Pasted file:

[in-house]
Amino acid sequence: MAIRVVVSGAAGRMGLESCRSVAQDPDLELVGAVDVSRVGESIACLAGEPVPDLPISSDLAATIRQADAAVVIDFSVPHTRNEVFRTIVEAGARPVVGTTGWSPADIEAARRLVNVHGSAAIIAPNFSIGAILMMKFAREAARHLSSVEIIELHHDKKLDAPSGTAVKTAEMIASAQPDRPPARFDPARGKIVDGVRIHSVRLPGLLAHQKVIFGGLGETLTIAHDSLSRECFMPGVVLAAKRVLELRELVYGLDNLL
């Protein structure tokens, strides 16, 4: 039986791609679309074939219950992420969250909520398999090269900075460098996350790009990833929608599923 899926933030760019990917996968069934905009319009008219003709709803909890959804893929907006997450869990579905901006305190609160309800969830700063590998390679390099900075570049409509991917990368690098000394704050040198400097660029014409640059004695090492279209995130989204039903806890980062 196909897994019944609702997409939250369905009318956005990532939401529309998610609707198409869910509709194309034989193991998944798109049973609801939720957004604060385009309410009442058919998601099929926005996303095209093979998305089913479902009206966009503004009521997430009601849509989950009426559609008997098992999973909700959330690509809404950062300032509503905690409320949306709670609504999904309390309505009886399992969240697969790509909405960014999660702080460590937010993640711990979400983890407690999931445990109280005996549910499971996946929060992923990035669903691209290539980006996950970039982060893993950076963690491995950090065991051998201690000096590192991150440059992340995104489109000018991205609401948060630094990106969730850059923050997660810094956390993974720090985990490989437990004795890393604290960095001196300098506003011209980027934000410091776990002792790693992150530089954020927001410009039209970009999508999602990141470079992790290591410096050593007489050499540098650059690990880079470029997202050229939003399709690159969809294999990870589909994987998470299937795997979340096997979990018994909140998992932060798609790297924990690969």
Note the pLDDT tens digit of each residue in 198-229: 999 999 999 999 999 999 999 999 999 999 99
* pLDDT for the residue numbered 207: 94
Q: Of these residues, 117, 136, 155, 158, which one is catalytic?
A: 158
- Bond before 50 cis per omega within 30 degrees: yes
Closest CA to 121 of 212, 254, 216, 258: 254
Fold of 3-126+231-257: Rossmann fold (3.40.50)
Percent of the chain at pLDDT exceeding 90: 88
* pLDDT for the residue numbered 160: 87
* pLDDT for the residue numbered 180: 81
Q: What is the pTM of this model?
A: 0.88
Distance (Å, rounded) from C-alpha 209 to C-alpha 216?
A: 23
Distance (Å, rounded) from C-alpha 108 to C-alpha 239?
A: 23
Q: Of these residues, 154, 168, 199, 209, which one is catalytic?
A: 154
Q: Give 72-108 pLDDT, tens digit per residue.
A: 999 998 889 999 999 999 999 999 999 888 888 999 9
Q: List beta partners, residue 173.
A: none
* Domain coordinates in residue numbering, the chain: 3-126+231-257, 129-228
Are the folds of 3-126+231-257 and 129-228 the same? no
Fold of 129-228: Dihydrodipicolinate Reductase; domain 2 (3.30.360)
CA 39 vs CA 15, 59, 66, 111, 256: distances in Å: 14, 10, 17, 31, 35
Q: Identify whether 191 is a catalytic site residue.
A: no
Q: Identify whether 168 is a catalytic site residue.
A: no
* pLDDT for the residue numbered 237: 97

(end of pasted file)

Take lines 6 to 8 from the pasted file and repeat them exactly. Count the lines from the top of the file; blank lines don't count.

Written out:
Q: Of these residues, 117, 136, 155, 158, which one is catalytic?
A: 158
- Bond before 50 cis per omega within 30 degrees: yes